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Harbor Seal

Did You Know?

A harbor seal floating on a piece of floating ice
Harbor seal Phoca vitulina (Photo: US Fish and
Wildlife Service)
  • Harbor seals are the most abundant seals found in New York State.
  • Their average dive time is three minutes, although they can stay under water for up to 30 minutes!
  • Harbor seals have a thick, insulating layer of blubber. They can slow blood flow to their skin to keep from losing heat to the cold water or air.
  • Their large eyes, acute hearing, and sensitive whiskers help them hunt for prey.
  • They have no tears, but mucus continuously washes over their eyes to protect them from saltwater. When on land, this mucus gives them a teary-eyed appearance.

    watchable wildlife binoculars iconWhat to watch for:

    Size:

    Male harbor seals average 5-5 ½ feet in length and weigh 200-250 pounds. Females are typically smaller, about 4 ½ to 5 feet in length and weigh 150-200 pounds.

    Appearance:

    The head and upper body of a harbor seal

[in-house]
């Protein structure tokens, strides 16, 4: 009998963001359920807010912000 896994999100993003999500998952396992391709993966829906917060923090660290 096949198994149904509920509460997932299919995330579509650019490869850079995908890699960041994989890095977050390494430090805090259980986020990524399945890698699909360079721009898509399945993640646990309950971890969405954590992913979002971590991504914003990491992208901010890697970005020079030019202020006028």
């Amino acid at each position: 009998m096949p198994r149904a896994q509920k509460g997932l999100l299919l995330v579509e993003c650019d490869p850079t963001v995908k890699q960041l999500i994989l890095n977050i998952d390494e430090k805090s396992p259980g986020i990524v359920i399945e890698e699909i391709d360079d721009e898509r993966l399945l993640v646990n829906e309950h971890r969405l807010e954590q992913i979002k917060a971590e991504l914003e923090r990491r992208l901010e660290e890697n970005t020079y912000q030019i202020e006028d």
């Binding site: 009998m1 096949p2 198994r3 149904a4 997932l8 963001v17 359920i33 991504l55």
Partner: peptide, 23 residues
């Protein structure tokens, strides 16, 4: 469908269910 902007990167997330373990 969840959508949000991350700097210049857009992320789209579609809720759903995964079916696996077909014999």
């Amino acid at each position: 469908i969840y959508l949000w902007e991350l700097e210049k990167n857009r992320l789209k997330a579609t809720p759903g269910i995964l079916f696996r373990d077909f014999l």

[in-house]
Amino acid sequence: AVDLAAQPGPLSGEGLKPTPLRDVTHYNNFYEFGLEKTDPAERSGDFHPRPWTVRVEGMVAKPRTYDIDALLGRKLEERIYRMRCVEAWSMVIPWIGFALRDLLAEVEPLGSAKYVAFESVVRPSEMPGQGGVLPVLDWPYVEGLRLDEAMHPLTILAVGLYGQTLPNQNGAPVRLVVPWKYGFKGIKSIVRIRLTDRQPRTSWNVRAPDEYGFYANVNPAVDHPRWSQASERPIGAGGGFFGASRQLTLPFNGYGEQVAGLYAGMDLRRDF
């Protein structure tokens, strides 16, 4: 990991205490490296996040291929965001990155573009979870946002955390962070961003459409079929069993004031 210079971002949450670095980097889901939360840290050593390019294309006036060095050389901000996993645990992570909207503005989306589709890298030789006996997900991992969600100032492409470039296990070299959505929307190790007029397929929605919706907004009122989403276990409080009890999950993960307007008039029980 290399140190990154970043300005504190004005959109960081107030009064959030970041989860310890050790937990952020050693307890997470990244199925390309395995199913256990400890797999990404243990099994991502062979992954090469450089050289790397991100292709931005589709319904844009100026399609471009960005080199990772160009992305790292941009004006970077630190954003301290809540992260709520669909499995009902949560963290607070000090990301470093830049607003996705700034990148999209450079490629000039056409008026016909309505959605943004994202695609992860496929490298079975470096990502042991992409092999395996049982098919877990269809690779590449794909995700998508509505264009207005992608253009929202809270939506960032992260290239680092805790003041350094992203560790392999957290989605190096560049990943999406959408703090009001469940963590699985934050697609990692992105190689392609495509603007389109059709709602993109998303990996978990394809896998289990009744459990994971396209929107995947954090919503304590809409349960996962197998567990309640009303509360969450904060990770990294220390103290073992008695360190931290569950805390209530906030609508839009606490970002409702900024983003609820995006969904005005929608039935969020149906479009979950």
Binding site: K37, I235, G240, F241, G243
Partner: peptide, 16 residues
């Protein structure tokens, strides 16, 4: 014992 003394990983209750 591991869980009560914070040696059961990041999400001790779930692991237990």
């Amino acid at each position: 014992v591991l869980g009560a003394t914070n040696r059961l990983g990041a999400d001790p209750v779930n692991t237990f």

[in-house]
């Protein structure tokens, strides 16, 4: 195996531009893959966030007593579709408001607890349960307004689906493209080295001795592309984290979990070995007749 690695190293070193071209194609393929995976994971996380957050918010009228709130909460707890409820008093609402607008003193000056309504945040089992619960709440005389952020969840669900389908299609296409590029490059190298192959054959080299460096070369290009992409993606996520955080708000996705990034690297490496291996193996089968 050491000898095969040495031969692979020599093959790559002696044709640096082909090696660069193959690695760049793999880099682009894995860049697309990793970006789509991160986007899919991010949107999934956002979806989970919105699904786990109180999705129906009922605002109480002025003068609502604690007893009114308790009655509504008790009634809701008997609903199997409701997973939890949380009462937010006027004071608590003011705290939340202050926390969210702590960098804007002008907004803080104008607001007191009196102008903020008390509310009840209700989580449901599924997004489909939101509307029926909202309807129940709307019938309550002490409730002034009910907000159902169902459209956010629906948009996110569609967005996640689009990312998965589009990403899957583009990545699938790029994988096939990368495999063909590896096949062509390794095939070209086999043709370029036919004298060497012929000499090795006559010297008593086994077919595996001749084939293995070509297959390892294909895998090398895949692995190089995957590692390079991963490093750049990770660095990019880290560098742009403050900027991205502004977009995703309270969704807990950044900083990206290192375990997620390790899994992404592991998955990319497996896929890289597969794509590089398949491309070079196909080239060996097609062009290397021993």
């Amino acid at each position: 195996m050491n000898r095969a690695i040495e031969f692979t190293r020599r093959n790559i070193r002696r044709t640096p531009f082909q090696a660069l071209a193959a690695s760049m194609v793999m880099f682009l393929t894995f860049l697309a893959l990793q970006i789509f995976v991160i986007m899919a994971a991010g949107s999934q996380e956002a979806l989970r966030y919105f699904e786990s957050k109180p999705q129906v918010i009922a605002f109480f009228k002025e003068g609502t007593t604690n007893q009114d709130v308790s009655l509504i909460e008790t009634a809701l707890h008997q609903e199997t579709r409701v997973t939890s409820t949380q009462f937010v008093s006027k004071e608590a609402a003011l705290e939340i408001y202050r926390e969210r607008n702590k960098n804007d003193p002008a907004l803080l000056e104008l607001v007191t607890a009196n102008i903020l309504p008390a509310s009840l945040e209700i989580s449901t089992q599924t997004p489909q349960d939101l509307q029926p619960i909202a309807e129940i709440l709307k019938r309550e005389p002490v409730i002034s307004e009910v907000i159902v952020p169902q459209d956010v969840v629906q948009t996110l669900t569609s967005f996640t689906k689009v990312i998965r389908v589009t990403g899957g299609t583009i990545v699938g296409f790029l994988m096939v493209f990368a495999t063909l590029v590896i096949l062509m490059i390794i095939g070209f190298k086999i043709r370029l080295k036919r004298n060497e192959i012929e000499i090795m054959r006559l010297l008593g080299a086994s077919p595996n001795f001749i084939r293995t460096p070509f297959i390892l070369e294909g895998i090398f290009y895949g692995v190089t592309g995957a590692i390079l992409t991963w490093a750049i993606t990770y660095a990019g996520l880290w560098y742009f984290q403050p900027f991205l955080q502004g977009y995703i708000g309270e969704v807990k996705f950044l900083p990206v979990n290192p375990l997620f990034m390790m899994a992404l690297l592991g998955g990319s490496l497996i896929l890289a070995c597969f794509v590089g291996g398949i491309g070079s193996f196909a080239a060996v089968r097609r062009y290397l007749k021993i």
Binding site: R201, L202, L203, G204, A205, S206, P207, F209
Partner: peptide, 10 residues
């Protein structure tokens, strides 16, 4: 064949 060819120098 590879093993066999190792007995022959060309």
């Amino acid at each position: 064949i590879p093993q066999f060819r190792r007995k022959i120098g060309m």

Photo: NOAA

    A rounded body with a spotted coat ranging from silver-gray to black or dark brown. They lack external ear flaps and have fan-shaped flippers.

    Where to watch:

    They spend their time in coastal oceanic waters and can be found basking on sand bars, rocks, or remote beaches during low tide within estuaries, bays, and rivers. When resting in water, their heads bob at the surface resembling a floating bottle and thus is termed "bottling."

    When to watch:

    The best times to watch harbor seals in New York are during the day from early winter (November) and into spring (May).
    When watching seals, stay back about 150 feet in order to prevent unnecessary stress and abandonment of their basking sites. Approaching seals can cause them to feel threatened and they may bite. If a seal appears injured and in need of help, keep your distance and report to the NYS Marine Mammal and Sea Turtle Stranding Program at 631-369-9829.

    More information about Harbor Seals:

    Marine Mammal and Sea Turtle Stranding Program (Offsite link, leaving DEC website)
    Seal Walks (Offsite link, leaving DEC website) - Go watch seals at their favorite haul out sites on an adventurous and educational seal walk with an expert from the Coastal Research and Education Society of Long Island.

    The best places to see Harbor Seals:

    Cupsogue Beach State Park, Suffolk County, Long Island
    East and West Shinnecock County Park, Suffolk County, Long Island
    Fire Island National Seashore, Suffolk County, Long Island
    Jamaica Bay Wildlife Refuge, Queens County
    Montauk Point State Park, Suffolk County, Long Island (offsite link, leaving DEC website)

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